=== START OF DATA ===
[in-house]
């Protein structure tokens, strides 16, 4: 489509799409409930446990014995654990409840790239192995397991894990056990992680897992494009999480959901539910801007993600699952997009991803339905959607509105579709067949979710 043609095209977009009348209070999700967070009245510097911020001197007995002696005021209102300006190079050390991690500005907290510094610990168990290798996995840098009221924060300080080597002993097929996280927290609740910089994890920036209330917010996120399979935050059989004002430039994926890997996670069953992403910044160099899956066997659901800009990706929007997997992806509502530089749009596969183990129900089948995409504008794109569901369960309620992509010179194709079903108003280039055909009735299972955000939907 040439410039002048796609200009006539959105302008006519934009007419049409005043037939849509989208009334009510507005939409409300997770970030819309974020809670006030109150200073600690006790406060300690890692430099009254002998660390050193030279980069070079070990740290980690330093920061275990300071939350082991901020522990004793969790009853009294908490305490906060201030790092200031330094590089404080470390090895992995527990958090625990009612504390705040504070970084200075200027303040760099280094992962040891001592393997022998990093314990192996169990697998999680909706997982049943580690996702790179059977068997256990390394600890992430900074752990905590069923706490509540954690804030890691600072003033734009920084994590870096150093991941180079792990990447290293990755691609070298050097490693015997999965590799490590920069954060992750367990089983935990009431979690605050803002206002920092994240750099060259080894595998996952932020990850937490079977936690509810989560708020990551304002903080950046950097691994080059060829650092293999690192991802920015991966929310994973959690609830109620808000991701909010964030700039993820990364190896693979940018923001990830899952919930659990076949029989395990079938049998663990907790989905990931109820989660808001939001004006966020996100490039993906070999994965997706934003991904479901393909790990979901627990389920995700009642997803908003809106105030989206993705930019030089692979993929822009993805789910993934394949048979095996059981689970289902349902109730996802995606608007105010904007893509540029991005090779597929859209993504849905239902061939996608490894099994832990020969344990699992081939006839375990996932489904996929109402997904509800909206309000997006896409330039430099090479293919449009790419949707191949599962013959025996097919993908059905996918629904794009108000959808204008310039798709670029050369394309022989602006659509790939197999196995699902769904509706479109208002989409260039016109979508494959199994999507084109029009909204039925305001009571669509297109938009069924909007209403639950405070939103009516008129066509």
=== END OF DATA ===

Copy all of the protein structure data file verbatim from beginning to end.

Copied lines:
[in-house]
């Protein structure tokens, strides 16, 4: 489509799409409930446990014995654990409840790239192995397991894990056990992680897992494009999480959901539910801007993600699952997009991803339905959607509105579709067949979710 043609095209977009009348209070999700967070009245510097911020001197007995002696005021209102300006190079050390991690500005907290510094610990168990290798996995840098009221924060300080080597002993097929996280927290609740910089994890920036209330917010996120399979935050059989004002430039994926890997996670069953992403910044160099899956066997659901800009990706929007997997992806509502530089749009596969183990129900089948995409504008794109569901369960309620992509010179194709079903108003280039055909009735299972955000939907 040439410039002048796609200009006539959105302008006519934009007419049409005043037939849509989208009334009510507005939409409300997770970030819309974020809670006030109150200073600690006790406060300690890692430099009254002998660390050193030279980069070079070990740290980690330093920061275990300071939350082991901020522990004793969790009853009294908490305490906060201030790092200031330094590089404080470390090895992995527990958090625990009612504390705040504070970084200075200027303040760099280094992962040891001592393997022998990093314990192996169990697998999680909706997982049943580690996702790179059977068997256990390394600890992430900074752990905590069923706490509540954690804030890691600072003033734009920084994590870096150093991941180079792990990447290293990755691609070298050097490693015997999965590799490590920069954060992750367990089983935990009431979690605050803002206002920092994240750099060259080894595998996952932020990850937490079977936690509810989560708020990551304002903080950046950097691994080059060829650092293999690192991802920015991966929310994973959690609830109620808000991701909010964030700039993820990364190896693979940018923001990830899952919930659990076949029989395990079938049998663990907790989905990931109820989660808001939001004006966020996100490039993906070999994965997706934003991904479901393909790990979901627990389920995700009642997803908003809106105030989206993705930019030089692979993929822009993805789910993934394949048979095996059981689970289902349902109730996802995606608007105010904007893509540029991005090779597929859209993504849905239902061939996608490894099994832990020969344990699992081939006839375990996932489904996929109402997904509800909206309000997006896409330039430099090479293919449009790419949707191949599962013959025996097919993908059905996918629904794009108000959808204008310039798709670029050369394309022989602006659509790939197999196995699902769904509706479109208002989409260039016109979508494959199994999507084109029009909204039925305001009571669509297109938009069924909007209403639950405070939103009516008129066509």